The biker's smile returned, and he held out his hand. "Name's Mike Solovic. Call me Solo."

Jon shook Mike's hand. "Mine's Jon."

"Nice to meet you, Jon. Now start fryin', 'cause we're hungry. By the way, where's the little girls' room?"

Jon pointed to the corner door by the pay phone. "Right down that hall."

"Thanks," said Mike. As he walked towards the hall, he looked out of the Main Street window and beckoned the remaining bikers to enter. Thirty-six leather-clad and hungry bikers poured into the Café.

Jon shouted back to Larry, "Get ready to burn a few!", then turned his attention to the crowd. He noted the logo that most of them displayed on the back of their jackets: "Sioux City Ramblers." Well, Ramblers, welcome to Pisgah.


Song A’ Th’ Week

I've Trucked All Over This Land
(Bill Fries, Chip Davis)
From the album Wolf Creek Pass

[Clap your hands and stomp your feet.]

Well, I've walked the line on 89
In the Arizona sun
I've chased the moon and I've caught a star
On U.S. one-oh-one
I've seen the sights from the Northern Lights
To the bend in the Rio Grande
I've took in a lot of this U.S.A.
'Cause I've trucked all over this land

[Start the banjo pickin'.]

Well, I've changed a tire by the light of a fire
On the rock-bound coast of Maine
I've shoveled snow up in Idaho
Been stuck on the Kansas plains
I've been to the end of the world and back
With a wheel and a stick in my hands
I've passed the test and I've done my best
I've trucked all over this land

[Chorus]
I've trucked all over this land
From Maine to the Rio Grande
I've paid the price of a truckin' life
But I've trucked all over this land

[Lots of banjo pickin' here.]

I've heard the wail of a gallopin' gale
On the road to the Florida Keys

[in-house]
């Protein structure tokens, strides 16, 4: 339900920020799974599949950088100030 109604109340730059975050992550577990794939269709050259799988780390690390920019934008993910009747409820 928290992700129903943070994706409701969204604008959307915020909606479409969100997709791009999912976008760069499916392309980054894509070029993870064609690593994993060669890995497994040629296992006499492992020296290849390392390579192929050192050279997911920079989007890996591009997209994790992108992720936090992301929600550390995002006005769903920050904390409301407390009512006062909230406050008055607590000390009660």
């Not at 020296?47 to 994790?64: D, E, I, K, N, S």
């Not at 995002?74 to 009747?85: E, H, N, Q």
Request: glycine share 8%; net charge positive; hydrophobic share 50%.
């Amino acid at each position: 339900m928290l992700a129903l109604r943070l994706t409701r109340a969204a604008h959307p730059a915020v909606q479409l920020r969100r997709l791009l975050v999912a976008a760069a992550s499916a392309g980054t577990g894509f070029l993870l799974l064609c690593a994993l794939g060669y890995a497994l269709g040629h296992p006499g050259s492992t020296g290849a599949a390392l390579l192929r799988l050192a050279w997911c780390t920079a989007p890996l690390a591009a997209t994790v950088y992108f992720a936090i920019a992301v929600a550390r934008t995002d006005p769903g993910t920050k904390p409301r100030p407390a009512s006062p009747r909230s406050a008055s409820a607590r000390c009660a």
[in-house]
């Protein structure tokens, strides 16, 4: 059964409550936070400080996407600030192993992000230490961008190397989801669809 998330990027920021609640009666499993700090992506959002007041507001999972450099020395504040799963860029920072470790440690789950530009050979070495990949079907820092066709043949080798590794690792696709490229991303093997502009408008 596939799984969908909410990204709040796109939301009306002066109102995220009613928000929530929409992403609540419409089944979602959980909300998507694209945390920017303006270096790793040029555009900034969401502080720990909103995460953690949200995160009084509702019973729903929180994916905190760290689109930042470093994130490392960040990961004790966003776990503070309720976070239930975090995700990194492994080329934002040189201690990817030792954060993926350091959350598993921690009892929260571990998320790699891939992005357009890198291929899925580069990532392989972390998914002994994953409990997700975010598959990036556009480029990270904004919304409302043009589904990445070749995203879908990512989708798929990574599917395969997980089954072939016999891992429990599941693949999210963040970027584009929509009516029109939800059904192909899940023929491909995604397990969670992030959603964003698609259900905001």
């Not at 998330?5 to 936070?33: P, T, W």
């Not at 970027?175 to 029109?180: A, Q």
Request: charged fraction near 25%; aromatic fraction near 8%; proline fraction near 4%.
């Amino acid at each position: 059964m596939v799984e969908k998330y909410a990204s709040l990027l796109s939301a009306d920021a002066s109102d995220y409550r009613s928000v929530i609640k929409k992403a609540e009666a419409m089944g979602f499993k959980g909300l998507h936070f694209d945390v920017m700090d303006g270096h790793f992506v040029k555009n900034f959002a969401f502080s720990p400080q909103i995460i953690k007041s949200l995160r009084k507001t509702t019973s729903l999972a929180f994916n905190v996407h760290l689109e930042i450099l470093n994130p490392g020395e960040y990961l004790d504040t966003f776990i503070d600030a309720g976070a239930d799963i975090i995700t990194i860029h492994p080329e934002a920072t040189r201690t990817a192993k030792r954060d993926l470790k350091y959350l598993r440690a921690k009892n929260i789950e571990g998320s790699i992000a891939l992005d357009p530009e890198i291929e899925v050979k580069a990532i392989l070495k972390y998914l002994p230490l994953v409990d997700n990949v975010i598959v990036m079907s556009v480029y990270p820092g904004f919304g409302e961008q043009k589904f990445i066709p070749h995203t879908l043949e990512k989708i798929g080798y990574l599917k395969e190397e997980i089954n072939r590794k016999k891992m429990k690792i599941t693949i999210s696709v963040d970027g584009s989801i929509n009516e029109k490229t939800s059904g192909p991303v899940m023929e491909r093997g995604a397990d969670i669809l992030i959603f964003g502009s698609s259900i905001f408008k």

I've felt the roar of a thunderstorm
On the Oklahoma seas
I've set my sail on the Oregon Trail
I've camped in a redwood stand
I've loved the best and I've hated the rest
But I've trucked all over this land

[Chorus]
I've trucked all over this land
From Maine to the Rio Grande
I've paid the price of a truckin' life
But I've trucked all over this land

[More banjo pickin' here.]

I've said a prayer as I climbed the stairs
On the Rocky Mountain side
I've learned the words and I've sung my song
And I've travelled far and wide
I've fought the fight and I've done all right
For the likes of a wanderin' man
I've paid the price of a truckin' life
But I've trucked all over this land

[Chorus]
Well, I've trucked all over this land
From Maine to the Rio Grande
I've paid the price of a truckin' life
But I've trucked all over this land
Yeah I've trucked all over this land
From Maine to the Rio Grande
I've paid the price of a truckin' life
But I've trucked all over this land


The Legend-News is published fortnightly — unless the fortnight is the fifth Monday, in which case it's published fortnightly-and-a-half — by TechRen Enterprises, an utterly insignificant figment of a diseased imagination. Contents Copyright 2003 TechRen Enterprises, except for anything that we borrowed from someone else. Thanks to Bill Fries and Chip Davis for the words and music. "I seem to be having tremendous difficulty with my life-style."